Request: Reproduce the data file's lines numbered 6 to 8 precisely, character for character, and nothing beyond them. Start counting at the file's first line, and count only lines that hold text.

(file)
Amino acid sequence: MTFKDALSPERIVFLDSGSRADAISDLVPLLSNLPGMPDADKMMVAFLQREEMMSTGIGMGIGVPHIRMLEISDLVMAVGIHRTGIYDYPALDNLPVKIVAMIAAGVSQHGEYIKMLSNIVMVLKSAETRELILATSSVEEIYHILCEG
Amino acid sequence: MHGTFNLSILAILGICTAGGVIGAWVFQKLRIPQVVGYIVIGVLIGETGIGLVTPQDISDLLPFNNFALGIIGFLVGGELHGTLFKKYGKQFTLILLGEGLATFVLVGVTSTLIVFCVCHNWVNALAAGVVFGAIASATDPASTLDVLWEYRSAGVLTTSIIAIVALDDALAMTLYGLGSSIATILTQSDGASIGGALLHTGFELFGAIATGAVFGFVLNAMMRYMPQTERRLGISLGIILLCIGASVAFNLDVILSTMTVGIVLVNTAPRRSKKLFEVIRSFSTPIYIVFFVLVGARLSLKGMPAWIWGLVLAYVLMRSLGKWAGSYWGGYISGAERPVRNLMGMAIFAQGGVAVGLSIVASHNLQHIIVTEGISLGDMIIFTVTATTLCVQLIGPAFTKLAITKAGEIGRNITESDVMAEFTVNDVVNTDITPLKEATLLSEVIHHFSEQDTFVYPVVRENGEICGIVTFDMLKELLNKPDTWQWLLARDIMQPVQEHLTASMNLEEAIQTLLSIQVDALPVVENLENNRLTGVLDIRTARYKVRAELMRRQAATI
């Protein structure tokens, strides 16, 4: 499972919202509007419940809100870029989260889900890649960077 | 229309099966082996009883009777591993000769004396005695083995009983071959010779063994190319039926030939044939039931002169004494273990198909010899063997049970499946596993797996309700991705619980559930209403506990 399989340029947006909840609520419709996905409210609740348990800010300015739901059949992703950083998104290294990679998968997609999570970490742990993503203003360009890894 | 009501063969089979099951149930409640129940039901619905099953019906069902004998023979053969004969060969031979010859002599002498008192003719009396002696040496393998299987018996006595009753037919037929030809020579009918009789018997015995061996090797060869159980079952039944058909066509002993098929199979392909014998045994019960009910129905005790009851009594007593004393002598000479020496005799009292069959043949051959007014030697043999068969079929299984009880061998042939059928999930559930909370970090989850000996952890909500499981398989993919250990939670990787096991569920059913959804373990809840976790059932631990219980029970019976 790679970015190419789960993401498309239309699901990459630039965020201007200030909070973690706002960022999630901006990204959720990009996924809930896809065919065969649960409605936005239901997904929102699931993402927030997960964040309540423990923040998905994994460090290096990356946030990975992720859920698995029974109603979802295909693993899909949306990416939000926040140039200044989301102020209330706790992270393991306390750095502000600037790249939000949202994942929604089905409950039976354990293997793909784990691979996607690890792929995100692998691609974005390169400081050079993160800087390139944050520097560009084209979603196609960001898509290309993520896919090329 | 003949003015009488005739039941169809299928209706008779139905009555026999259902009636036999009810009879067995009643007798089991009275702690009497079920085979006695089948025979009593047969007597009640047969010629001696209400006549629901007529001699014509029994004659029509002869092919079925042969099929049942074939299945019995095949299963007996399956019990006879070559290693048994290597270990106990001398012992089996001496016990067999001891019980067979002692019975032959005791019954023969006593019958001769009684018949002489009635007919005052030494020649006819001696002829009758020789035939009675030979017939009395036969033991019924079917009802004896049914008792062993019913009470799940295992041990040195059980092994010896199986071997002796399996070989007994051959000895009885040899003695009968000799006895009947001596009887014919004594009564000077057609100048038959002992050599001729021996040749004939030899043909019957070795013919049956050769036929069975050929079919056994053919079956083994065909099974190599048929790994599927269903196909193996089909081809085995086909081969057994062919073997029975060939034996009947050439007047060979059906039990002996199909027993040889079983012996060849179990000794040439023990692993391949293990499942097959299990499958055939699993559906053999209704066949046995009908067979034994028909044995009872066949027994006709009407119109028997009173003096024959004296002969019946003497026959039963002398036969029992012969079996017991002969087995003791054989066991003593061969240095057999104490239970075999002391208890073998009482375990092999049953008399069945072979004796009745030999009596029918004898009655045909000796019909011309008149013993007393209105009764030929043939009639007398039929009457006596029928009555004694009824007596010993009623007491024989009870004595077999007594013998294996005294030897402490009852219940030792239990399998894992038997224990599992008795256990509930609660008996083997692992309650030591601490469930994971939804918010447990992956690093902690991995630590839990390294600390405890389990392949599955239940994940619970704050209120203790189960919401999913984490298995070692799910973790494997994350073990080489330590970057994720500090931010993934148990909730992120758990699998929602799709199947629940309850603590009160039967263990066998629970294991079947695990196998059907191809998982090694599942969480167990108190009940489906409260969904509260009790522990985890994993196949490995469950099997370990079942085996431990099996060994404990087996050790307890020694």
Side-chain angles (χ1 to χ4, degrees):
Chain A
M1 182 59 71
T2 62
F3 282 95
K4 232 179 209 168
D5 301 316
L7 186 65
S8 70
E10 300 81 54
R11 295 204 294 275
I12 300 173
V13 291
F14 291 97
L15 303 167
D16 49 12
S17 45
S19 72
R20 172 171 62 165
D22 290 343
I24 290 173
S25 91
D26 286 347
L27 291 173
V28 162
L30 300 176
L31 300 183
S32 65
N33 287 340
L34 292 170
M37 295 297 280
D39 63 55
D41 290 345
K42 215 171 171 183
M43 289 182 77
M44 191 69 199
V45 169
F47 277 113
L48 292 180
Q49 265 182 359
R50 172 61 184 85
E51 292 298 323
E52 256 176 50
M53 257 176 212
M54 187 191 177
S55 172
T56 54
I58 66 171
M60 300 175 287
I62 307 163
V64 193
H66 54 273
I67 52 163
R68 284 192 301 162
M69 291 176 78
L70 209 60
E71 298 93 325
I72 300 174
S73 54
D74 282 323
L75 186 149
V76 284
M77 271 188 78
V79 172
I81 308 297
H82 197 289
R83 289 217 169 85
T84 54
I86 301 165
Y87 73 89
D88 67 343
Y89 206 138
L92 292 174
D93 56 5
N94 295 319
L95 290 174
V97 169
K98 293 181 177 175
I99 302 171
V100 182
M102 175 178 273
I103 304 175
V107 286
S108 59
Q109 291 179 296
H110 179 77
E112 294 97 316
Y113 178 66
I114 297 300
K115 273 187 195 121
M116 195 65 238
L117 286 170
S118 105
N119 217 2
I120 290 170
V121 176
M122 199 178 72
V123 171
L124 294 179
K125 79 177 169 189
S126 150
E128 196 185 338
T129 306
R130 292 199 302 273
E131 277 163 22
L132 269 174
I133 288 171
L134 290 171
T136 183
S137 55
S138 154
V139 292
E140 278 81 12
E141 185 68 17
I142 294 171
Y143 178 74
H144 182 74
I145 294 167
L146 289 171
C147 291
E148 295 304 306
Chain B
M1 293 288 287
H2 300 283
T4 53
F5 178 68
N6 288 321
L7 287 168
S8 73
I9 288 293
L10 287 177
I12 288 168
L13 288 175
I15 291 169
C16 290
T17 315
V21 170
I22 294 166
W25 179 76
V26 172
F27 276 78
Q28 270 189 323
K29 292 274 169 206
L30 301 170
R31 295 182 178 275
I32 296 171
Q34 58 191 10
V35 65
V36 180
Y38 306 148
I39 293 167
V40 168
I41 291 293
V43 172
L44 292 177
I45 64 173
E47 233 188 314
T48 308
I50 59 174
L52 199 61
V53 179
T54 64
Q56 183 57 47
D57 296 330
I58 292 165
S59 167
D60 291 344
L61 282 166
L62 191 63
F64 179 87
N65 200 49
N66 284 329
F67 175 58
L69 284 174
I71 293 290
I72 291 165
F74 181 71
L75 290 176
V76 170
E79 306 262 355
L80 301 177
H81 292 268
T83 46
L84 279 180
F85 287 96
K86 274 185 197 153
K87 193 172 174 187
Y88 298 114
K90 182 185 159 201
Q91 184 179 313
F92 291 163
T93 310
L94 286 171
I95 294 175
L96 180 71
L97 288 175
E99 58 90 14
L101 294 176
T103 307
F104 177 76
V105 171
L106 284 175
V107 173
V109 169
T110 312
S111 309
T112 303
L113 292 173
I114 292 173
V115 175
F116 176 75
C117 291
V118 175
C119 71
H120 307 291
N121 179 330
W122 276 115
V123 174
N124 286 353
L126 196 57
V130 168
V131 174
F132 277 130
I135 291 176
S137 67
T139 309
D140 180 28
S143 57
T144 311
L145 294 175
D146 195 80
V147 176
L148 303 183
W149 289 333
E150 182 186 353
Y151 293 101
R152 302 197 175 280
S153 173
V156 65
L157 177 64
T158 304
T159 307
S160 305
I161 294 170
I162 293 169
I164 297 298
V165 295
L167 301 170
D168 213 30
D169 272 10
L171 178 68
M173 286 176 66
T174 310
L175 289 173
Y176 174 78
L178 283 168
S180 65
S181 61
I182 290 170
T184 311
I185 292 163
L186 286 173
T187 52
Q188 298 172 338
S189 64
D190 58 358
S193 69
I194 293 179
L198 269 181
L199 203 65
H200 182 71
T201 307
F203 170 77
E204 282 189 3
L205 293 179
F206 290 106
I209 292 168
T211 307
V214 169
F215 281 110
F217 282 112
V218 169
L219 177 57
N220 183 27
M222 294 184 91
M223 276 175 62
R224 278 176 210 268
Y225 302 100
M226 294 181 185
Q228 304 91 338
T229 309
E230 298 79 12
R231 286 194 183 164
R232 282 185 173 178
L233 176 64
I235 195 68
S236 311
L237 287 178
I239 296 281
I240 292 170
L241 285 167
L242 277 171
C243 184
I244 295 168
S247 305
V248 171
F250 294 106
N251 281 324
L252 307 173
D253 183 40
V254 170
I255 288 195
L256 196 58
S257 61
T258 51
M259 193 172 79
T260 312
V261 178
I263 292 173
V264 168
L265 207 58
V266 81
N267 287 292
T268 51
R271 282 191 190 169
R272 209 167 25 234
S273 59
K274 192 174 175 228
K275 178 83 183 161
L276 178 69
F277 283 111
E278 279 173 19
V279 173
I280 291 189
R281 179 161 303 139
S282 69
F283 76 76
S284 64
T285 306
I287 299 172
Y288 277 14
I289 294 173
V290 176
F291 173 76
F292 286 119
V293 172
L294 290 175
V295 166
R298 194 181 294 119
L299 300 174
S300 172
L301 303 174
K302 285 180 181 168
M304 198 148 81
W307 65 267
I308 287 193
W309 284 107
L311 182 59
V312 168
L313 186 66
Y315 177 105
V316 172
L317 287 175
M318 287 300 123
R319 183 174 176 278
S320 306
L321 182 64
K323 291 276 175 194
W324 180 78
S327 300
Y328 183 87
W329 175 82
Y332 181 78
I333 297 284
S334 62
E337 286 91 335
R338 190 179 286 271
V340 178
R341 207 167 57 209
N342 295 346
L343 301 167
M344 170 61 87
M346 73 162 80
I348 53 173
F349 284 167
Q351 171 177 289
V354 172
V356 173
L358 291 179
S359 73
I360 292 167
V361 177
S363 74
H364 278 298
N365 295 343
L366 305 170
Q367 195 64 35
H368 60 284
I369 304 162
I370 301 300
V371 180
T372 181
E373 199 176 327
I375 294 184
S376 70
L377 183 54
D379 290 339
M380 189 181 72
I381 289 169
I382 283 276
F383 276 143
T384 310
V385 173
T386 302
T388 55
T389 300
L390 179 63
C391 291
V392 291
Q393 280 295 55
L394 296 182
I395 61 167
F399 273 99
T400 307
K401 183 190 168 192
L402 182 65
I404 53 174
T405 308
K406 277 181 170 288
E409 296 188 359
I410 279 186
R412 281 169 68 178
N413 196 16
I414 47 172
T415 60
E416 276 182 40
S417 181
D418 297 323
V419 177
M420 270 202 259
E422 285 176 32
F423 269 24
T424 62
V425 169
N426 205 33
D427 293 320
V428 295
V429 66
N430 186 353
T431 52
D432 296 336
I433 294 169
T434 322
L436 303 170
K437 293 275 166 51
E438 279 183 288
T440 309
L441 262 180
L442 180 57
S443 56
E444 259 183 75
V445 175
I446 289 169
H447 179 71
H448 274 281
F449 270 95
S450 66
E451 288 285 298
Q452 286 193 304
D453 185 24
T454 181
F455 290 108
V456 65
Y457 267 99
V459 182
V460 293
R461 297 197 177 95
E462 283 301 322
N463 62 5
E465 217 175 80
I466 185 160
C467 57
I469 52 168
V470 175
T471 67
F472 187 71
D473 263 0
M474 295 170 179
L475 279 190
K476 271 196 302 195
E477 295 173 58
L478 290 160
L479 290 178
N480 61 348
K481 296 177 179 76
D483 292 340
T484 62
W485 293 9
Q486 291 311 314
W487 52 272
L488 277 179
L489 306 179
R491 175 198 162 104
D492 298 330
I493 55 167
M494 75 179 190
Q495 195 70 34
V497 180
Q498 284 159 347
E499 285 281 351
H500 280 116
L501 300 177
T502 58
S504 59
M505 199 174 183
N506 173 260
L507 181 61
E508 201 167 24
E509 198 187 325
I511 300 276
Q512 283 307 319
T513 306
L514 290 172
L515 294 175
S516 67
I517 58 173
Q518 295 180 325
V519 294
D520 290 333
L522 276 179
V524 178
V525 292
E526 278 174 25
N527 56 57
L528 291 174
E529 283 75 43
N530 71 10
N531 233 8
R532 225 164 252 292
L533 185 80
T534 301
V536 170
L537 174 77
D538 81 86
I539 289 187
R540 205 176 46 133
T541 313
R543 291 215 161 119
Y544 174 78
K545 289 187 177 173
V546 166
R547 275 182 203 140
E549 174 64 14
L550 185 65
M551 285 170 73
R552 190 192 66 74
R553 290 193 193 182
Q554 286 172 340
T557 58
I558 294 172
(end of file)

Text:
M1 182 59 71
T2 62
F3 282 95